'The moment you doubt whether you can fly, you cease forever to be able to do it.'
-- Peter Pan and Haruhiko Kuruda
The BOJ "surprised" markets by going negative on deposit rates and triggered some wild volatility in markets. The Gov. correctly tossed back at the "openness CB doctrine" popular here at home noting, "If you allow the market to price changes smoothly, you will get a reaction that will be just as smooth." As I said to Andrew Ross Sorkin years ago when he questioned my anti-openness stance, "Forward guidance calms markets but reduces efficacy."
So, the US finds itself, barely 8 weeks from leaving ZIRP Neverland, doubting its ability to fly in a world of negative rate groundlings. Negative rates are merely the calibration of impaired system monetary policy not the specific problem. Paying interest on reserves is a policy that shows one is beginning to doubt arial capability. Pushing into negative structures merely indicates a country is worried about the "forever" part. By moving the same lever in opposite directions, the Fed and other CBs find themselves at cross-purposes in the same monetary fantasy.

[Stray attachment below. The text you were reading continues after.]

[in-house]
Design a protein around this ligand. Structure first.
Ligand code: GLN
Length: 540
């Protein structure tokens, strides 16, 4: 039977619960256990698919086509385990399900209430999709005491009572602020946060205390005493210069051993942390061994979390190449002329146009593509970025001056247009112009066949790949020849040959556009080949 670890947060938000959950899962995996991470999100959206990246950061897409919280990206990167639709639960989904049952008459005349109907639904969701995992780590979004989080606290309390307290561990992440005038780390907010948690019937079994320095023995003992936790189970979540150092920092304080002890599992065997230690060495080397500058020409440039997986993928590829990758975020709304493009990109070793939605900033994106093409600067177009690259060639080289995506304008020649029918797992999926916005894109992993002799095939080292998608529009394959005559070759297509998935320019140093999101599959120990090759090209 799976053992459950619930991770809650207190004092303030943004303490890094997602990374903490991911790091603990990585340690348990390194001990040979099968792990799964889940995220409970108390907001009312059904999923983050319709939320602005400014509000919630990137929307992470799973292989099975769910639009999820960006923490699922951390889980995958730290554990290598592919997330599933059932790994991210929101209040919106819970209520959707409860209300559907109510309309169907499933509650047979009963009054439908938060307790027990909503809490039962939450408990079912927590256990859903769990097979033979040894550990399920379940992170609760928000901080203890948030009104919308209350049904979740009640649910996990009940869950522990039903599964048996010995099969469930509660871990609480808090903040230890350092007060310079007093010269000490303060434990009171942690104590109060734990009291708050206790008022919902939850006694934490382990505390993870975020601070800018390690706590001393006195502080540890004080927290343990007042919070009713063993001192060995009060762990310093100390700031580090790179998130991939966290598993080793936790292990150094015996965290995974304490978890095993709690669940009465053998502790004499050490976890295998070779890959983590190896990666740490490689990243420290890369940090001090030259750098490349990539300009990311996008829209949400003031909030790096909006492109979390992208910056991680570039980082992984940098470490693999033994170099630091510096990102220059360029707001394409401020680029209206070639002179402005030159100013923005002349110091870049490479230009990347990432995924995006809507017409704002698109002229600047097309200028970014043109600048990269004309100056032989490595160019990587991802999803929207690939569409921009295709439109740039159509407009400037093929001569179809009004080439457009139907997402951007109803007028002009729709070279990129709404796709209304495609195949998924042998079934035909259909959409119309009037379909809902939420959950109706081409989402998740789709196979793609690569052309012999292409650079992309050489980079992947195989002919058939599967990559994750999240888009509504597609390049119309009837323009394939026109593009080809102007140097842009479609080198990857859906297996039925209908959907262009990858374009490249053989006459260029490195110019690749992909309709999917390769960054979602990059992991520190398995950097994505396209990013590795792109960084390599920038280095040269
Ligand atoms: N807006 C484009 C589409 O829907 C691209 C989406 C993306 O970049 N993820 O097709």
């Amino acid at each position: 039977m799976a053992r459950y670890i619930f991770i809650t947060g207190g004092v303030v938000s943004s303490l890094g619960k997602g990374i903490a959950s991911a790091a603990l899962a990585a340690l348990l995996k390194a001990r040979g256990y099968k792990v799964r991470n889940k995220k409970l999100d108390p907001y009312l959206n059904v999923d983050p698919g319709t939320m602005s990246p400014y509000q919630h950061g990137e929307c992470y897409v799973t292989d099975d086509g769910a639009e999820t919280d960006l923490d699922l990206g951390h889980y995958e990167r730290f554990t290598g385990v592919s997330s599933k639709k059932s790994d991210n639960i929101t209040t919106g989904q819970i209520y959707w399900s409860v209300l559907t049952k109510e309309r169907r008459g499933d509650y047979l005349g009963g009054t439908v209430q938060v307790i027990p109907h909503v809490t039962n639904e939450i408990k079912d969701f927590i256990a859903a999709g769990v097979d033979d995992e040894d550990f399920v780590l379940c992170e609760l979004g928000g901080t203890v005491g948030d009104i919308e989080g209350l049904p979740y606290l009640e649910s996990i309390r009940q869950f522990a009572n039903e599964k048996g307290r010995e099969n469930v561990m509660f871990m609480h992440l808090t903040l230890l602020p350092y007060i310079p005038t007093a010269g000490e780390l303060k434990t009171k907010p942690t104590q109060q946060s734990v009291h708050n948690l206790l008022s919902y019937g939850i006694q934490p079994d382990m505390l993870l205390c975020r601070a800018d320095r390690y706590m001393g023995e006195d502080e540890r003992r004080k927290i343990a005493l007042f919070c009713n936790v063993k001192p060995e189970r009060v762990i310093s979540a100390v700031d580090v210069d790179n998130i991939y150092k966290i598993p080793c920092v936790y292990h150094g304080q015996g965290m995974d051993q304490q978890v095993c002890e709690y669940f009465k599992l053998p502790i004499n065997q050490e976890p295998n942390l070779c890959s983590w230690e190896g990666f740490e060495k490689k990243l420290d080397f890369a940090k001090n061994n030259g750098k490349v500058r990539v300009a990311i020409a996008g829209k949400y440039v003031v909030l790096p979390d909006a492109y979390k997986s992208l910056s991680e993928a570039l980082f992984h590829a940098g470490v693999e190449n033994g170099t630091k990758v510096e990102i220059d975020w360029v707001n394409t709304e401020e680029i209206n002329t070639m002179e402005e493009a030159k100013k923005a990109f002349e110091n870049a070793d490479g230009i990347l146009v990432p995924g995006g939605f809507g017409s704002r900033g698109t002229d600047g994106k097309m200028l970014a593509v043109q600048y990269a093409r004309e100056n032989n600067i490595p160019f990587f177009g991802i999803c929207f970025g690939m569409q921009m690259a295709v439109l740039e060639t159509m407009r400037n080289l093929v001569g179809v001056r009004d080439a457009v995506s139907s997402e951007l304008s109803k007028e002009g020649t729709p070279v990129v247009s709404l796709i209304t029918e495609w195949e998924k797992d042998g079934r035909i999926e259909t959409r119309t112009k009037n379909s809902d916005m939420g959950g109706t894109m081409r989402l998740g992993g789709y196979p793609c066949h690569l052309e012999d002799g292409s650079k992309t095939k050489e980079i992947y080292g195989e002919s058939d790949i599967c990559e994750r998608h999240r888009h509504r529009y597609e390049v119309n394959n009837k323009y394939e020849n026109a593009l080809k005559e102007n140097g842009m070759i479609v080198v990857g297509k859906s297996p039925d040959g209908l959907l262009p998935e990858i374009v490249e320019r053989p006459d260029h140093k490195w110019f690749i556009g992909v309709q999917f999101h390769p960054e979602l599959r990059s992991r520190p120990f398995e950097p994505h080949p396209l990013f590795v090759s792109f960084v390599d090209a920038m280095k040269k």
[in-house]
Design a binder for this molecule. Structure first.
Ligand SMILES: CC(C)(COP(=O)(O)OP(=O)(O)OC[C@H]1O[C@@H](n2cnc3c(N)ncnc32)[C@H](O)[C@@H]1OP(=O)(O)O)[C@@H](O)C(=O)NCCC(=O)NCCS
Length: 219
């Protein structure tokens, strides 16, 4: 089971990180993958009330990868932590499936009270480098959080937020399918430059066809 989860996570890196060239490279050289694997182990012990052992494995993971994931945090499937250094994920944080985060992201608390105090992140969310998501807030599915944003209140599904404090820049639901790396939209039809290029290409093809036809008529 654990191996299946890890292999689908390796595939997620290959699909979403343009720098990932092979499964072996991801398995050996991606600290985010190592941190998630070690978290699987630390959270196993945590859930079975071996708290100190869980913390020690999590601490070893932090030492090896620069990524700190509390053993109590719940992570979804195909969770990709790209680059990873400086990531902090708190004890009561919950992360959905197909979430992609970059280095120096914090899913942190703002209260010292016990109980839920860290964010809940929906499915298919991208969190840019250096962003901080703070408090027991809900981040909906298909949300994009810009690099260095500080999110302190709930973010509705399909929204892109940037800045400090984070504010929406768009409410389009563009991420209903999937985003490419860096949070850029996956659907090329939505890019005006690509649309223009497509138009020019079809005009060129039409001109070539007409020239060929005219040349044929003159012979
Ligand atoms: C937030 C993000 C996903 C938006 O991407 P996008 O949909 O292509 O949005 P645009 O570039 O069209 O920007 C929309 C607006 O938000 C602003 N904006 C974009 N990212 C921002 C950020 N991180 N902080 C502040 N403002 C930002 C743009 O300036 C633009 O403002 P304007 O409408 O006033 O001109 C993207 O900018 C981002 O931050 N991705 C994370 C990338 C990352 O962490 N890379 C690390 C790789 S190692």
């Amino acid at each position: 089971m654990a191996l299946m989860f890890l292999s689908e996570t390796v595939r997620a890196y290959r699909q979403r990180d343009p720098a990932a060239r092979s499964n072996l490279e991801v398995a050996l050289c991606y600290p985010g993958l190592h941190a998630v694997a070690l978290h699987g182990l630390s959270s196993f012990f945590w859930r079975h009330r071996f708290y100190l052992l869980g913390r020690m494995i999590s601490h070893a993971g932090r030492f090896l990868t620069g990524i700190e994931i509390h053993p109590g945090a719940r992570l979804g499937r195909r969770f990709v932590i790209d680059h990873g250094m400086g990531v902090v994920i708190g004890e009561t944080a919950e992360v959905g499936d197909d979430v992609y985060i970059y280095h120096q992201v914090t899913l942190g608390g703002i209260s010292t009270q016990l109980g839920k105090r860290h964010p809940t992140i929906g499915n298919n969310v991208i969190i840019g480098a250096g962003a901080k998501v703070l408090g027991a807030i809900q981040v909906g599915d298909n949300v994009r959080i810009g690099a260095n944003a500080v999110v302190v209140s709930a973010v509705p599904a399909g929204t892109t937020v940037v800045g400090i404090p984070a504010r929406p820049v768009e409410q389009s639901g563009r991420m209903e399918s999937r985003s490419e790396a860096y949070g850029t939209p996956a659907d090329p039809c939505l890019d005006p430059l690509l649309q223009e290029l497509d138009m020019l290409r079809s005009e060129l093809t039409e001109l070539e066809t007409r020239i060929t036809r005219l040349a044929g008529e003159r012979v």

The US continues to have by our calibration, though declining, an accommodative monetary position. As Martha Stewart would say, "That's a good thing." Going negative does not mean that our global partners have their policies correctly calibrated, however. The ECB continues to penance for past offenses committed and guilted into. The BOJ ? Well, history will not view them kindly for the Lost Decade, now old enough to drink.
Kind advice to central bankers around the globe, present and future: Surprise and do more than expected when adjusting policy. If you can't do both, do nothing. The consequence is the harsh reality that you, like Michael Jordan, can only "fly" for a little while.